Fernando Guerrero
      Centre for Medieval Studies
      University of York, King's Manor
      Y01 7EP, York
       
       
      ----- Original Message -----
      From: Patricia
      Sent: Saturday, February 05, 2005 6:12 PM
      Subject: Re: [norse_course] Re: English to Norse (sword names)

      Saell Xeon, Llama,
      Please will you note the possibility of my having made an error, in offering Dragvandil - Slicer as Egil's sword because in a copy of the Saga of Egil Skallagrimsson I have found a "Draupnir"  and that too is translated as slicer, I so do not wish to spoil your work by offering an incorrect name, I am pointing this out now rather than you find this later, when it might be too late to correct, you would want to take the word you feel is best ??
      Kveðja
      Patricia
      ----- Original Message -----
      From: xeon_ies
      Sent: Tuesday, February 01, 2005 1:05 PM
      Subject: [norse_course] Re: English to Norse (sword names)


      Thanks a lot for your help, Llama! I must think of some way to
      "beautify" these names as they seem kind of awkward to the average
      reader, though.

      By the way, Ull's hall is called Ydalir and it translates to "Yew
      Dales". What are Yews and Dales? Is it some kind of magical morning
      dew or water droplet etc.?

      Thanks!
      Xeon.


      >
      > Hi Xeon,
      >
      > "Heiti" (poetic names) for bows:
      >
      > Almr, dalr, bogi, (elm, dale, bow)
      > ýr ok tvíviðr, (yew and two-wood)
      > sveigr, glær ok þrymr, (bent, sea?, stretch?)
      > sómr, skálgelmir. (honour/fitness, bowl-?)
      >
      > "Stinger" might be 'biti' or 'bítr', but these seem to be prefered
      > for sword names.  I don't know if there's a different word
      > for "arch" that doen't mean "bow" as well, but 'bogi' seems to cover
      > both.  'Dalr' must be from the curved shape of a valley, and perhaps
      > by extension other curved things.  I've read one theory about the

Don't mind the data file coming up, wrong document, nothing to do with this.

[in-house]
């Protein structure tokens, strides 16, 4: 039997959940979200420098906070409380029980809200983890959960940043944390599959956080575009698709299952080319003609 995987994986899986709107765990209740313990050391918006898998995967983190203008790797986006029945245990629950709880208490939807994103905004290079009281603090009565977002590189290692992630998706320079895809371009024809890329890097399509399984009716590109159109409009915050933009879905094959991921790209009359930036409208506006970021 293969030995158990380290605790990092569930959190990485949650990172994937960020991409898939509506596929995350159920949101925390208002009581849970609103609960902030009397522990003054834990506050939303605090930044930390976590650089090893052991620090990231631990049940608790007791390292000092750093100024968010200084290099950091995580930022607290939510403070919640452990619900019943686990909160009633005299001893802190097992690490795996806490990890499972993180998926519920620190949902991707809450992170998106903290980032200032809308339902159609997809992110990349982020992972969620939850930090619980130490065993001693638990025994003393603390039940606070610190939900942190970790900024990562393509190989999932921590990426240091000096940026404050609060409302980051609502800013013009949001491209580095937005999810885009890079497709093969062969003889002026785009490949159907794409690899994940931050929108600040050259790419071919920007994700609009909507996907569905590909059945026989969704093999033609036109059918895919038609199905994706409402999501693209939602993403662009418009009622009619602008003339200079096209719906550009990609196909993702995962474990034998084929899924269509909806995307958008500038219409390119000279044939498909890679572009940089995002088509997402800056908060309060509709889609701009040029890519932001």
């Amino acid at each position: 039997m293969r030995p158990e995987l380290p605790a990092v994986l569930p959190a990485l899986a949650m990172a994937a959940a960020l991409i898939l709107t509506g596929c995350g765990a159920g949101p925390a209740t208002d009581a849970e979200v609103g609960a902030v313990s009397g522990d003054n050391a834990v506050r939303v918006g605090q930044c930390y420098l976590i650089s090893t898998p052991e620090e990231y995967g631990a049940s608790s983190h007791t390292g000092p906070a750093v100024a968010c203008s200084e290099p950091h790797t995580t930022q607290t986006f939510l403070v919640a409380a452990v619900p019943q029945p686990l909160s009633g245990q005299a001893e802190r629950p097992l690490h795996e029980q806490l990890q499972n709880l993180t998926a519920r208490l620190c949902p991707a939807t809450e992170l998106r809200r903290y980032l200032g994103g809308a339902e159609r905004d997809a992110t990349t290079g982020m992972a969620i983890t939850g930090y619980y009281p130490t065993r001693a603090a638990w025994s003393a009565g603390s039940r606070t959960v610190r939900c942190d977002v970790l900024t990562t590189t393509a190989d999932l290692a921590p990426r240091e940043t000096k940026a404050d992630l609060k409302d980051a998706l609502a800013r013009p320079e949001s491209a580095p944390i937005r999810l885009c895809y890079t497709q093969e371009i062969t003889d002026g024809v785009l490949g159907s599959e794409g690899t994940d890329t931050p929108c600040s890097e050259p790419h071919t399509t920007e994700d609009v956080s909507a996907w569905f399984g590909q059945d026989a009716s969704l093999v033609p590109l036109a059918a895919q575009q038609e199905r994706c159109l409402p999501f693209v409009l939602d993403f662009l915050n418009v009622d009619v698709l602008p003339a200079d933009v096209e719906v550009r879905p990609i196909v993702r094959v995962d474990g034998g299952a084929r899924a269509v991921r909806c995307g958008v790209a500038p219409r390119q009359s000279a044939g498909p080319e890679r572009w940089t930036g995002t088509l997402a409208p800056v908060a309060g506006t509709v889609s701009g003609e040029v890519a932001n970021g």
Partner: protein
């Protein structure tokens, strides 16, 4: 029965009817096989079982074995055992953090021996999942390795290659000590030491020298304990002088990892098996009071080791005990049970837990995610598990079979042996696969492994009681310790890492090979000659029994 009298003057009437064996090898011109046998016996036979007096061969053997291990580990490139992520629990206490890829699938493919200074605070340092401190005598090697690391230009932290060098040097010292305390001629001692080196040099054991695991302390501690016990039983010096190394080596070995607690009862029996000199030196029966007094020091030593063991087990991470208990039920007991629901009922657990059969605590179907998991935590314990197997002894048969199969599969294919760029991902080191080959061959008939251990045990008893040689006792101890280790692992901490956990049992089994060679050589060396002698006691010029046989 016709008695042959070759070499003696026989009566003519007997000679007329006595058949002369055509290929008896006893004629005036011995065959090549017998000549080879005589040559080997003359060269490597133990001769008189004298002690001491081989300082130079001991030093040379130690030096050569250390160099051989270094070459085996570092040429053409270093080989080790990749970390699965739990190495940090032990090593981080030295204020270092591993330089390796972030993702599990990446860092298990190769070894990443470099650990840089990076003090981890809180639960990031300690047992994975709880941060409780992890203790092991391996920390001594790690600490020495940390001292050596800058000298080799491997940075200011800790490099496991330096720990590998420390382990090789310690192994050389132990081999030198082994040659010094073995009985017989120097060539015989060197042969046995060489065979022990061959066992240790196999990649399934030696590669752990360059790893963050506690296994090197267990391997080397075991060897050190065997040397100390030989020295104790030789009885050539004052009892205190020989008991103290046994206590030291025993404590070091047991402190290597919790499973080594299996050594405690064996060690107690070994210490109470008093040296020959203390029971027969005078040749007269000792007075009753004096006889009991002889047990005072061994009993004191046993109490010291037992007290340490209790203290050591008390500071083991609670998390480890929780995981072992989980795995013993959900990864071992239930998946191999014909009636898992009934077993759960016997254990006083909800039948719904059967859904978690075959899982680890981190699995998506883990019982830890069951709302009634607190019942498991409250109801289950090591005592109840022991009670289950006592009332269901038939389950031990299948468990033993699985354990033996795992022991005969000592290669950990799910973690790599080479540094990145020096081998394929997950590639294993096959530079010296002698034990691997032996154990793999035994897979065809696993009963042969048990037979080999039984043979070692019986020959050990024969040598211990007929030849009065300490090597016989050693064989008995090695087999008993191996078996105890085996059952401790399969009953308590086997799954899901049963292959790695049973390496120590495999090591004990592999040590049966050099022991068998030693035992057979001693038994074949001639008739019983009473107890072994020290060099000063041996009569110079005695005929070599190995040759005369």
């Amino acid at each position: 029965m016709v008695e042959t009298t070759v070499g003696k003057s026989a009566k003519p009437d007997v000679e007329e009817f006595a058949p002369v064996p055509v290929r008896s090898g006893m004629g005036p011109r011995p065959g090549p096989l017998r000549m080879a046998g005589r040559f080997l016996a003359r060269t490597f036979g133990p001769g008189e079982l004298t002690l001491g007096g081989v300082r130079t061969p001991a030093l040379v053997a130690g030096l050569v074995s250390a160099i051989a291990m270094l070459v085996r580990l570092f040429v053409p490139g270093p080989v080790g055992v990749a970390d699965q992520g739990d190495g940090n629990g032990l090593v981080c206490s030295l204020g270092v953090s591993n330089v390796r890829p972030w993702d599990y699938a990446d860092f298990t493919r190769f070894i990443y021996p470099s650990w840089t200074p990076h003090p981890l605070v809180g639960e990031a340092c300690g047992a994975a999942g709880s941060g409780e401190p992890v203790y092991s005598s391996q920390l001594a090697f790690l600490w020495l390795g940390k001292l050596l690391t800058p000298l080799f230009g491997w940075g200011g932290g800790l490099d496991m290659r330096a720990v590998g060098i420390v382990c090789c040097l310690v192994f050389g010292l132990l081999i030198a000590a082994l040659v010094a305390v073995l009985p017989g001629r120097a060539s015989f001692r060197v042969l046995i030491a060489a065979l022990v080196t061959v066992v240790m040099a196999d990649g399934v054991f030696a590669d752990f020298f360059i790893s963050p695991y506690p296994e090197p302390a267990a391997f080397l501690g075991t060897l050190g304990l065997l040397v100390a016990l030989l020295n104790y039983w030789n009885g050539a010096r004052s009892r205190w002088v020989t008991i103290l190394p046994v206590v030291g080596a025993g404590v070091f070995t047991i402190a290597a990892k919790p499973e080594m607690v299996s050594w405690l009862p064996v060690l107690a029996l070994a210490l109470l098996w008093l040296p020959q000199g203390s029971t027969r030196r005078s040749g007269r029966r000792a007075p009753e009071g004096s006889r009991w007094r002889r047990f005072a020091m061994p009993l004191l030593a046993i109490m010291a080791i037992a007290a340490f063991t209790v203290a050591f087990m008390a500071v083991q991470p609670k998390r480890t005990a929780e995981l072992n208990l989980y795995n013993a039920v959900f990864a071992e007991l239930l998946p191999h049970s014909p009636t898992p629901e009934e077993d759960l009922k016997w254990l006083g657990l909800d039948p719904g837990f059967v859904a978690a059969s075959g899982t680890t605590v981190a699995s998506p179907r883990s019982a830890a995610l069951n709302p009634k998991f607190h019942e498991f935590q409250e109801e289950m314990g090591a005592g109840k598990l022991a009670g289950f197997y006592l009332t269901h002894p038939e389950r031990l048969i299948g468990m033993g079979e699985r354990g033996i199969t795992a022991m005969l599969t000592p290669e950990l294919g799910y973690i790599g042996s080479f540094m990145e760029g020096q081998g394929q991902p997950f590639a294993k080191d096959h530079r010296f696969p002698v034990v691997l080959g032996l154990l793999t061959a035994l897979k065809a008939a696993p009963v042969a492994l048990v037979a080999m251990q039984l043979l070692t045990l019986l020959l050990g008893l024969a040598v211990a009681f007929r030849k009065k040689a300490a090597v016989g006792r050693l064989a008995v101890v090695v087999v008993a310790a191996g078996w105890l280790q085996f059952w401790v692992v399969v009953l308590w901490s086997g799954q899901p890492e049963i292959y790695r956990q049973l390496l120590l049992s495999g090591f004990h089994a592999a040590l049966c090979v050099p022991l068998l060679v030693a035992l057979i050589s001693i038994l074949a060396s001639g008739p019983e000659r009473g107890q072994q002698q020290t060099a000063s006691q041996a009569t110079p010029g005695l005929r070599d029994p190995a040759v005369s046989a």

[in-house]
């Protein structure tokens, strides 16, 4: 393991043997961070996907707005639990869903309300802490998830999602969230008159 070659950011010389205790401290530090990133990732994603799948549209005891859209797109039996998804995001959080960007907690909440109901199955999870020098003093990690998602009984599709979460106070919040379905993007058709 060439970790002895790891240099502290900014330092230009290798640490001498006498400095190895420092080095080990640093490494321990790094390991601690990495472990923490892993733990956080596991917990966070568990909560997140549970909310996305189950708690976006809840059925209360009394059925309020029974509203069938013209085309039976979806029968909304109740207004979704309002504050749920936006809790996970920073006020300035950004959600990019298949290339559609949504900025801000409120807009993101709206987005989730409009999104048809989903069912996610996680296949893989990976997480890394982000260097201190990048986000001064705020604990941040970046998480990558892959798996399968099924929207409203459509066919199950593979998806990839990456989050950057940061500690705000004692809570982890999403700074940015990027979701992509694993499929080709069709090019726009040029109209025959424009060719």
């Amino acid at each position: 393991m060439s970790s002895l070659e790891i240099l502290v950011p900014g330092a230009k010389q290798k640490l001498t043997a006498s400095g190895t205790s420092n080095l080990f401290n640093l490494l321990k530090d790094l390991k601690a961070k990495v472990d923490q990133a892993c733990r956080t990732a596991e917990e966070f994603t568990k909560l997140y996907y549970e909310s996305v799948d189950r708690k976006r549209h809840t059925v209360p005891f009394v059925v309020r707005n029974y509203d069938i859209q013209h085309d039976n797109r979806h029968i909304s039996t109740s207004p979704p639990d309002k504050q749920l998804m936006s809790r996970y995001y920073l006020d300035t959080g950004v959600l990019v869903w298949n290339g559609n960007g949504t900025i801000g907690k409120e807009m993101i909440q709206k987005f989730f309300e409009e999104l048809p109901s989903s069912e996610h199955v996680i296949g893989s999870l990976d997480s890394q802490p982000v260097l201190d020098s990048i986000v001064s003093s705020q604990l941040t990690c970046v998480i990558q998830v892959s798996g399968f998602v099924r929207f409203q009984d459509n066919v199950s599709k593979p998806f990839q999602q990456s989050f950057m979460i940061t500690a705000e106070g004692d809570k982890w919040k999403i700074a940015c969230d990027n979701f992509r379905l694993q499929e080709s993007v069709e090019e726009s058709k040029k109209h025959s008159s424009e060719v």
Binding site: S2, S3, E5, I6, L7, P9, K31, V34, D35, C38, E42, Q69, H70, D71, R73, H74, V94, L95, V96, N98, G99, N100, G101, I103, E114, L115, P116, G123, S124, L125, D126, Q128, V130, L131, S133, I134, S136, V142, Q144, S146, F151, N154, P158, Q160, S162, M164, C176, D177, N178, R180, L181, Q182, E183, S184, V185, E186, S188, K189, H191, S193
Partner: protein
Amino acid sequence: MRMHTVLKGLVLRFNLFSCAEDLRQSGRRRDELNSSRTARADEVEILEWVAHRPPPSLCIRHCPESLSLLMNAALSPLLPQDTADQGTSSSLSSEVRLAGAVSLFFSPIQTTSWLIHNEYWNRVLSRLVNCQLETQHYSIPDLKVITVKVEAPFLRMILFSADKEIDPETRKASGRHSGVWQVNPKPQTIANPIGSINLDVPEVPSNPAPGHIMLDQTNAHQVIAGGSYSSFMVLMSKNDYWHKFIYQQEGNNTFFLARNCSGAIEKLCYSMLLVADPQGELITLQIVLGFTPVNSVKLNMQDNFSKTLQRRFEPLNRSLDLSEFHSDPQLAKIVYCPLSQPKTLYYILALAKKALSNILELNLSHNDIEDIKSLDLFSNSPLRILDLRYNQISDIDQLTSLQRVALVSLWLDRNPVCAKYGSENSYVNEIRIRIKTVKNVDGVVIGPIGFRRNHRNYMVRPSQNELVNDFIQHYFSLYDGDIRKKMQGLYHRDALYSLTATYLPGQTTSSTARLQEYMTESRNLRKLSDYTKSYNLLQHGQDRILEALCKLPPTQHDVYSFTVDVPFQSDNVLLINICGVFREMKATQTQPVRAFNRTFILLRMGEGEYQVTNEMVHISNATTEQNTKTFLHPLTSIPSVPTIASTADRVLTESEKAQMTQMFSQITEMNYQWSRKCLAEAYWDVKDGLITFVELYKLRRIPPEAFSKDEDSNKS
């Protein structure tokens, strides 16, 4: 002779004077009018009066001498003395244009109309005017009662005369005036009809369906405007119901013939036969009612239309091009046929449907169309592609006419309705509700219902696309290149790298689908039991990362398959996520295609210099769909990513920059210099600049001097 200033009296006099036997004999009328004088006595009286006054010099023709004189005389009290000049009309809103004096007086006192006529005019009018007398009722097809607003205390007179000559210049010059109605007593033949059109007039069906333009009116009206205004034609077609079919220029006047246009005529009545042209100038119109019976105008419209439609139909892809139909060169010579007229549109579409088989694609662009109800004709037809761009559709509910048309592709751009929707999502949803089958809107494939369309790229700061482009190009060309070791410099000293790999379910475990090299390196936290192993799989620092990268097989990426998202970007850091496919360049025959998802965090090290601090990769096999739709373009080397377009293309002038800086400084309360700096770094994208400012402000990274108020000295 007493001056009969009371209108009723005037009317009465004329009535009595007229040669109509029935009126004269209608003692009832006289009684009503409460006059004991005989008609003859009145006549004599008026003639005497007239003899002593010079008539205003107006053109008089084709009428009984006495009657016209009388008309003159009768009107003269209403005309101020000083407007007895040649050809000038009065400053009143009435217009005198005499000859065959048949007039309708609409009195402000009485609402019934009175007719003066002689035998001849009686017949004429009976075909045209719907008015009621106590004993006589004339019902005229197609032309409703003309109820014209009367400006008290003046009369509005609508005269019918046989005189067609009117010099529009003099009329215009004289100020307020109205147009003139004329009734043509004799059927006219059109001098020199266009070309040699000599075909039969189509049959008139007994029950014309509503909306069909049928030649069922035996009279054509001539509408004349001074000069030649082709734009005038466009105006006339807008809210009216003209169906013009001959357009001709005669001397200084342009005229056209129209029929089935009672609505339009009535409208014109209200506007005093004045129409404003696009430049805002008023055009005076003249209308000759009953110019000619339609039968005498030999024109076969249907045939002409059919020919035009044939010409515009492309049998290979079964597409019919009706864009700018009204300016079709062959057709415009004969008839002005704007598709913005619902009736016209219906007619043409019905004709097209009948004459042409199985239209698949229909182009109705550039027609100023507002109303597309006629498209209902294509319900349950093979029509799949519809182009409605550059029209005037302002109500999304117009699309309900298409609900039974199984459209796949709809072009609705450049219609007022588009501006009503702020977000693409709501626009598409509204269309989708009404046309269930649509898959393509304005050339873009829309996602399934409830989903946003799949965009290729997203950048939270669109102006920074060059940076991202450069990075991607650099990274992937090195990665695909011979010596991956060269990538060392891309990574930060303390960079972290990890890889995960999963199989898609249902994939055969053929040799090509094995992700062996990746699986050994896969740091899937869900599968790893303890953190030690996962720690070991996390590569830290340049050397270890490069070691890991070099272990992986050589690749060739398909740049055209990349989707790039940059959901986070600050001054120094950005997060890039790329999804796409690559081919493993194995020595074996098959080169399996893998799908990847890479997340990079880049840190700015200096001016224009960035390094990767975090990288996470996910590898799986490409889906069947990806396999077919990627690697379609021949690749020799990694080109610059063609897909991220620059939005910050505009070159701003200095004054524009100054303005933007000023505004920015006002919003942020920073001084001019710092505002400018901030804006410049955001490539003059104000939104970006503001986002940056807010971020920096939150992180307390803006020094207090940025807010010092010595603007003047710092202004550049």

> name Heimdallr that relates it to this, in the sense of "horn"--and
      > in Hervarar saga, the Huns are said to have horn-bows.  So maybe
      > that's the connection.  Sveigr is related to the verb sveigja "bend
      > [a bow]".  Skál is a bowl--could that be a reference to the bow's
      > curved shape too?
      >
      > 1) bogi/dalr/sveigr inn mikli (inn stóri).
      > 2) undrbiti
      > 3) biti inn efsti
      >
      > I don't know what -gelmir is.  It occurs in a lot of mythological
      > names.  'Gellr' means "shrieks, twangs" (gjalla "to shriek/twang")
      > and is the word used for the noise of a bowstring, so maybe you
      > could include that as one element: Undrgjalli, or something like
      > that.  Careful though: as we found out recently the Icelandic Hobbit
      > translates Gollum as Gollnir!
      >
      > Not sure what 'sea' has to do with bows.  Could there be a
      > connection with similar words for "glistening, splendour"
      > and "amber"?
      >
      > Llama Nom
      >
      >
      >
      >
      > --- In norse_course@yahoogroups.com, "xeon_ies" <xeon@x> wrote:
      > >
      > > Hi Llama!
      > >
      > > I've decided to adopt the names Dugvandill and Harmbrenna for the
      > > sword names.
      > > And one more thing in which I'm thinking of giving a name to Ull's
      > bow
      > > too. :-D
      > >
      > > What does the following words translates to?
      > >
      > > 1) "The Great Arch"
      > > 2) "Wonderous Stinger"
      > > 3) "Final stinger"
      > >
      > > Thanks,
      > > Xeon.